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When he discusses religion with his non-member friends, Daniel Lifferth of the Nashville (Tenn.) 3rd Ward surprises them with his knowledge of the scriptures.

"In early-morning seminary, I've learned enough about the New Testament to really support the Church in these discussions," he said.But just as important, he said, is the way early-morning seminary has brought the youths in his ward closer together. "If we can stand each other at this hour," he explained, "we can stand each other at any hour. In fact, I would rather spend all day there."

For tens of thousands of LDS teenagers, early-morning seminary starts each day of the school year with a prayer and scripture study. It gives them a chance to be around other LDS youths - a big plus when a student may be the only Latter-day Saint in a high school. In the last few years, the program has spread to Asia, Europe, the Caribbean, South America and Africa. It has also been expanded in the Southeast, where the North America Southeast Area presidency has urged wards and branches to replace weekly home study with early-morning seminary.

The following are examples of what is happening in thousands of daily seminary classes worldwide:

- Japan - Last year an early-morning seminary program was started here with many unanswered questions. Japanese high school students must pass rigorous entrance exams to get into high school and college. "People say if a student sleeps three hours a night, he will pass the exam," said Shozo Suzuki, CES area director in Japan. "But if he sleeps five hours, he will fail the exam."

Despite this and other challenges, daily seminary

has taken hold and prospered in Japan. Fifty-nine classes have been formed with 334 students. In Sapporo a class is held in the teacher's home located high on a hill. The students push their bikes up a steep slope to get to class each morning. A bishop suggested renting a more accessible meetingplace, but the students rejected the idea, saying the physical challenge had strengthened them spiritually.

- Africa - In 1987 missionary couples started the seminary program in Ghana. A year later classes were begun in Nigeria. The program has grown nearly as quickly as the Church in that area with 1,800 seminary students enrolled in Ghana and 1,300 in Nigeria."The students are very anxious to study," said Bruce Lake, CES zone administrator.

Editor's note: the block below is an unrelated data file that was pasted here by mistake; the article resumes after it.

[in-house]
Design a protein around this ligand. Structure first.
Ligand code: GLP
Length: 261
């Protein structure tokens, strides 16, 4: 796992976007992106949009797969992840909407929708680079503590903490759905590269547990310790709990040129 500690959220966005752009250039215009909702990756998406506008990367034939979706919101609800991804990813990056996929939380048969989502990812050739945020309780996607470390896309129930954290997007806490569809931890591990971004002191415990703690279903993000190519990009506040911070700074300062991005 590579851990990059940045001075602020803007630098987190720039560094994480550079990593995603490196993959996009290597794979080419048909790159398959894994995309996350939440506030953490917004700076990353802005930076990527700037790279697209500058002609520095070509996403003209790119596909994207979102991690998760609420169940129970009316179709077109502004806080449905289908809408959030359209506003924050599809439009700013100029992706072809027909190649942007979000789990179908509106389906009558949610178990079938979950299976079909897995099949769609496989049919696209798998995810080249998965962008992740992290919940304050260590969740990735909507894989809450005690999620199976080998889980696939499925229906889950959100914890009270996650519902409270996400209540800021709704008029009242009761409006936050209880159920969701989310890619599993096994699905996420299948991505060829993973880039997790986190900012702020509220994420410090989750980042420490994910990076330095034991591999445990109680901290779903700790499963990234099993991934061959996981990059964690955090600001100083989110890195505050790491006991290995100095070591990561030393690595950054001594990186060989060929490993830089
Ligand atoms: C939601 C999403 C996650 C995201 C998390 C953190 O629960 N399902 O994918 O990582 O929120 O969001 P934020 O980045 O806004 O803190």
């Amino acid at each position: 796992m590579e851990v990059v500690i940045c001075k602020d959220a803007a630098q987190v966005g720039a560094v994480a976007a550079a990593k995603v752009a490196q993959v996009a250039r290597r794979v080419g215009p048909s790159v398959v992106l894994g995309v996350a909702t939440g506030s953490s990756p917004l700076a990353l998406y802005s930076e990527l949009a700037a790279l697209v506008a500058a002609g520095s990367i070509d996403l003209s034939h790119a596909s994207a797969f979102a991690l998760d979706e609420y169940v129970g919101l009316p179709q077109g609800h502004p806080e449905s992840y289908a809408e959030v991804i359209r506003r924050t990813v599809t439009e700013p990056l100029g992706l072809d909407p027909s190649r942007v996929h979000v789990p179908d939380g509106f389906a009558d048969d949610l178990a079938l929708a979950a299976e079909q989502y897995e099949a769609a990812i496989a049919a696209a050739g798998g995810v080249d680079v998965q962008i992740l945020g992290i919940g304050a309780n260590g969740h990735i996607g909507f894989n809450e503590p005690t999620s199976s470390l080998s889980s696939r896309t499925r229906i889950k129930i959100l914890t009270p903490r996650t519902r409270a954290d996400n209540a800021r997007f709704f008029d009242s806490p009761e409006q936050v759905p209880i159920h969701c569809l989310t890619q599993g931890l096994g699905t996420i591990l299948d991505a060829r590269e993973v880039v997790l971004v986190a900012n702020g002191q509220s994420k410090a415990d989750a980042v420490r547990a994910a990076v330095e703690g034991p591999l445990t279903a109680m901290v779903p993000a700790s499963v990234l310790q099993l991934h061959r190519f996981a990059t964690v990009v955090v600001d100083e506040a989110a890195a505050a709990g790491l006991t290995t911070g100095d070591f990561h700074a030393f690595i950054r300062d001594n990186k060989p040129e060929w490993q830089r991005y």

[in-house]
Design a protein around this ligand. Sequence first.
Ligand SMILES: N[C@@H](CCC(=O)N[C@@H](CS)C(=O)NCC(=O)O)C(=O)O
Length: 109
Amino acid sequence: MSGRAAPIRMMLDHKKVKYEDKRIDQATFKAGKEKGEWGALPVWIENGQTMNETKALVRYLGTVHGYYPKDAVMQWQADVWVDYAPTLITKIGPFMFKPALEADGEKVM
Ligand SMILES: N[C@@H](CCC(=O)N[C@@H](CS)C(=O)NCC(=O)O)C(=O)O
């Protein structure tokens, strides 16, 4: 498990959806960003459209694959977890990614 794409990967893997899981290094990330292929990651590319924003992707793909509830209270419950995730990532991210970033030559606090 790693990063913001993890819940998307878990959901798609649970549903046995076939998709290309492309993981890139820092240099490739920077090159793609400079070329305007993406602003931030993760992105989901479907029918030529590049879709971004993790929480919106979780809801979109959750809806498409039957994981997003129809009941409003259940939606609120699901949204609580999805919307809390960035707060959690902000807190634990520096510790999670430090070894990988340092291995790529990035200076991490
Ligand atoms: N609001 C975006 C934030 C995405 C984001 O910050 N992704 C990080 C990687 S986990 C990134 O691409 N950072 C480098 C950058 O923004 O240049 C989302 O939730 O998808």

- The Caribbean - The daily seminary program started among the island nations here during the last five years when CES representatives in Florida and missionary couples began to supervise and train teachers. The Dominican Republic and Puerto Rico each have more than 1,000 seminary students. Haiti has about 185 students while Jamaica has 141.

- Nashville, Tenn. - In the Nashville area (in the heart of the Bible Belt), religion plays a significant role in the lives of many teenagers, local Church leaders said. Early morning seminary has helped LDS youths build their faith while learning the gospel.

"You really learn the scriptures and that makes it easier to defend the Church even to your teachers," said Jeff Scott of the Nashville 3rd Ward. "We also have the best seminary teacher in the world."

Hydee Ballantyne said early-morning seminary wakes her up in the morning and gets her ready for the day. "Going to seminary has helped my grades improve," she said.

- Ohio-Pennsylvania - The early-morning seminary classes in northeastern Ohio and Erie, Pa., started a reading program in which the students were expected to read the scriptures every day. Some of the youths have kept their dates waiting while they read their scriptures. Others have asked their dates to bring them home before midnight so they could get their reading done.

- Colorado - At 5:30 a.m. in Greeley, before high school junior Brian Bagley leaves for early morning seminary, his father, Steven E. Bagley, cooks breakfast. "His father is a dentist and second counselor in the Greeley Colorado Stake presidency," said Ruth Ann Bagley, stake public communications director. "Their schedules often have both away from home during the evenings and weekends." Early morning seminary has opened the door for them to have one-on-one time every day.

- Irvine, Calif. - Ninety young men and women meet in the Irvine Seminary/Institute of Religion building each day at 6 a.m. and 7 a.m. "They are bright and happy," said Richard Holzapfel, institute director. "Many of our youths are student officers, athletic heroes, cheerleaders, band members and play lead roles in high school plays. It is amazing that they come to seminary before going to school and then participate so much in school activities and other Church activities, too."

Holzapfel calls the volunteer instructors the program's unsung heros. "Most of them have full-time jobs and families, yet prepare lessons each night and get up early themselves to come to a dark building each morning to teach these kids."